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Those who claim that governments should not continue to

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Those who claim that governments should not continue to  [#permalink]

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New post Updated on: 31 Jul 2013, 22:41
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  95% (hard)

Question Stats:

41% (01:53) correct 59% (01:58) wrong based on 408 sessions

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Those who claim that governments should not continue to devote resources to space exploration are wrong. Although most people's lives are relatively unaffected by the direct consequences of space exploration, many modern technologies that have a tremendous impact on daily life—e.g., fiber optics, computers, and lasers—are unexpected consequences of it. Society might have missed the benefits of these technologies if governments had not devoted resources to space exploration.

Which one of the following most accurately expresses the principle underlying the argument provided?

1.Governments should not be prevented from allocating resources to projects whose intended consequences do not directly benefit most people.
2.One can never underestimate the beneficial consequences of government support of ambitious technological undertakings.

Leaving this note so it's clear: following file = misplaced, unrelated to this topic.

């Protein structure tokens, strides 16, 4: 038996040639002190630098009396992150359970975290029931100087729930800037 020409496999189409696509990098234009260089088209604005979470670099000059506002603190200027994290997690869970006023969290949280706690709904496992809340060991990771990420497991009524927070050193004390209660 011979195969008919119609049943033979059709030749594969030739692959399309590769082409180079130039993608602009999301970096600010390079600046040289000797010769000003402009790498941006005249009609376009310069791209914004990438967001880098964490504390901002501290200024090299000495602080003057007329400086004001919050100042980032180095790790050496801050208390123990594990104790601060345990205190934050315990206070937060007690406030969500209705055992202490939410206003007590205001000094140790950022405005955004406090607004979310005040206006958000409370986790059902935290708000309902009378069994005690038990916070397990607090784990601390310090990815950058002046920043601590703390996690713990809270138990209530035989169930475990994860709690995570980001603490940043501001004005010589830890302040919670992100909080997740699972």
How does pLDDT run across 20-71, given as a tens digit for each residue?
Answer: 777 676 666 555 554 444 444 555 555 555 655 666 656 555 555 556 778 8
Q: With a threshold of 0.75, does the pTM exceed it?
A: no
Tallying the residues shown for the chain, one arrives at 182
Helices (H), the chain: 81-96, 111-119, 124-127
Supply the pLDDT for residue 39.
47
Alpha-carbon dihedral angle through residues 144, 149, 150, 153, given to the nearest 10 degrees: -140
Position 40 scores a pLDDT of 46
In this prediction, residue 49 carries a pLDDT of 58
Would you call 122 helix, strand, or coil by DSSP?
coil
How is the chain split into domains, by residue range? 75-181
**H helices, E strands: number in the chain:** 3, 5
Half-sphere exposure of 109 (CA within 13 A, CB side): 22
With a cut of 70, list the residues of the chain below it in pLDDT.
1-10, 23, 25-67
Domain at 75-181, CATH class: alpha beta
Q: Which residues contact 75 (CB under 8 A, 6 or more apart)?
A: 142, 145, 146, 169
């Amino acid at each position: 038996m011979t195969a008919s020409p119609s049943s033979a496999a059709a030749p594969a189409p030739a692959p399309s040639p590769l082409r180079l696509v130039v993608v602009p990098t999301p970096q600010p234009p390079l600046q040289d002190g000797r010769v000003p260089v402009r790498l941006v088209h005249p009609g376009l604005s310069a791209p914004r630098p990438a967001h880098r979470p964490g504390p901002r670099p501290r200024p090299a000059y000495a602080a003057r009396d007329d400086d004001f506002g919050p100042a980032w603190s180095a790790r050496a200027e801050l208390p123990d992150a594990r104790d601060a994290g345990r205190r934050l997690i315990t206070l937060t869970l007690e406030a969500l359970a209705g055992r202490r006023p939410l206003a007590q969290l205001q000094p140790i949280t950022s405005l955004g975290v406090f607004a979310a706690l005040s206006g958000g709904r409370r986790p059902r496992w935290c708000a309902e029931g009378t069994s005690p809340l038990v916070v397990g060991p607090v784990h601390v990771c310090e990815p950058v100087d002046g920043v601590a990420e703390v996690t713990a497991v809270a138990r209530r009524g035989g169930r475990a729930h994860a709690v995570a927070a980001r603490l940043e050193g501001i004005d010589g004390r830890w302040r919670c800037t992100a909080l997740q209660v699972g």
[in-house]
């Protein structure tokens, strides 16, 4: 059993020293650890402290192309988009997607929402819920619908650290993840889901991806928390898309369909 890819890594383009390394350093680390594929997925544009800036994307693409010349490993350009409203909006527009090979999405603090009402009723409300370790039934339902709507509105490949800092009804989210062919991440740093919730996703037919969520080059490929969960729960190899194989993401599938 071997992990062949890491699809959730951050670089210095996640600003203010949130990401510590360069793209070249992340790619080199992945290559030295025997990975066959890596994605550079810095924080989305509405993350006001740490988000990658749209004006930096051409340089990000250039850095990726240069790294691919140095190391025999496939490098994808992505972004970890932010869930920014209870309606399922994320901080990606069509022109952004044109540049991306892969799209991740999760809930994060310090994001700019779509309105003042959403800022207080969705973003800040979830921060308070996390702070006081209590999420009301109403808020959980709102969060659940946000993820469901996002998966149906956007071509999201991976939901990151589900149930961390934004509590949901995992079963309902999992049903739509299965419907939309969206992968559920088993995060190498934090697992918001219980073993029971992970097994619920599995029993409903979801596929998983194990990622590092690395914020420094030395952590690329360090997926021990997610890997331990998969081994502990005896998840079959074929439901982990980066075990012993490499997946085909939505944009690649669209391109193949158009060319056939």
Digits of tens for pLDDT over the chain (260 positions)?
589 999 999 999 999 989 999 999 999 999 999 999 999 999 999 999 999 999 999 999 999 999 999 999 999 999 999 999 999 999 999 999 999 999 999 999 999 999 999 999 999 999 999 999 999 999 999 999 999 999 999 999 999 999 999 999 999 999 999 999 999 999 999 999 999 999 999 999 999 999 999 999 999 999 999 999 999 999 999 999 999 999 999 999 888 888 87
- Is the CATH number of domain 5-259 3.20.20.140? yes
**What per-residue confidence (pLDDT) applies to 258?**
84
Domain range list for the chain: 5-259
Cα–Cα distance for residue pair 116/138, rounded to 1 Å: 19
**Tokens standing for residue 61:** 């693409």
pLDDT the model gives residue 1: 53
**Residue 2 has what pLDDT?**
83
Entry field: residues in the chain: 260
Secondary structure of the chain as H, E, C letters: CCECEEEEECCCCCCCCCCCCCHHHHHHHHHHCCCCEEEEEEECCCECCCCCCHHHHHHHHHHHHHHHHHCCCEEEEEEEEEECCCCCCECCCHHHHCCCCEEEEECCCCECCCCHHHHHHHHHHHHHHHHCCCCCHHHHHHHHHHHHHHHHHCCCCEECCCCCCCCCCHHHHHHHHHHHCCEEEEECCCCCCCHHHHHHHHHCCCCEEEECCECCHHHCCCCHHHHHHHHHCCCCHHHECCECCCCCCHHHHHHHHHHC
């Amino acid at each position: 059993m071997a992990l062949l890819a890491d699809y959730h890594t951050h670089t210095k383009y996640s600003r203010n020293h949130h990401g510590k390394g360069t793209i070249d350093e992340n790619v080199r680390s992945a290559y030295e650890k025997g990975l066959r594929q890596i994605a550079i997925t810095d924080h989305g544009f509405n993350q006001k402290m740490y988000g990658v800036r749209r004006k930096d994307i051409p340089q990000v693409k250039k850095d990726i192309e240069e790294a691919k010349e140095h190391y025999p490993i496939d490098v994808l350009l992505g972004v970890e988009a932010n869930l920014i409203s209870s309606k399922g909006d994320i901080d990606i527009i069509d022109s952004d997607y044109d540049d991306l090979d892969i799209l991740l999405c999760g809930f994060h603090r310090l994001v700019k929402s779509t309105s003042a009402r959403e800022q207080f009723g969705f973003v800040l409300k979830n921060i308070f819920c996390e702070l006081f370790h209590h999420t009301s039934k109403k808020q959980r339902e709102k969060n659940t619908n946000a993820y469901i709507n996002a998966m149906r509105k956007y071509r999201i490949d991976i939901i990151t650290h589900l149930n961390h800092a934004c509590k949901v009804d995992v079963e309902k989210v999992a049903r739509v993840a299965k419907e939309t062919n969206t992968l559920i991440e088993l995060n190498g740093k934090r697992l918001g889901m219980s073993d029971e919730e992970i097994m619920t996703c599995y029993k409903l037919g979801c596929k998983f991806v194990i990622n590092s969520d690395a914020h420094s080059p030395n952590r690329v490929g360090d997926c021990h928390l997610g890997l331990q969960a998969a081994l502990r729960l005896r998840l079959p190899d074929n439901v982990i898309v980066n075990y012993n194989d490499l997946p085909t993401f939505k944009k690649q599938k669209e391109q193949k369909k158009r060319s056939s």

3.The less practical the goal of a government-supported project, the more unexpected the consequences of that project.
4.Governments should continue to support those projects that have, in the past, produced unintended benefits.
5.In attempting to advance the welfare of society, governments should continue to dedicate resources to ambitious technological undertakings.

Originally posted by SUNGMAT710 on 31 Jul 2013, 22:02.
Last edited by Zarrolou on 31 Jul 2013, 22:41, edited 1 time in total.
Renamed the topic.
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Re: Those who claim that governments should not continue to  [#permalink]

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New post 31 Jul 2013, 22:51
1
The most important part of the argument is:
"Society might have missed the benefits of these technologies if governments had not devoted resources to space exploration. "
Those projects' consequences had an enormous impact on people's life.

Which one of the following most accurately expresses the principle underlying the argument provided?

1.Governments should not be prevented from allocating resources to projects whose intended consequences do not directly benefit most people.
Maybe, this seems OK. But this is too general: the passage does not say something like this "always support those project"; it says "because past project have had such an effect, support the next projects".
2.One can never underestimate the beneficial consequences of government support of ambitious technological undertakings.
This is not the point of the argument. The author does not want to give us a general principle.
3.The less practical the goal of a government-supported project, the more unexpected the consequences of that project.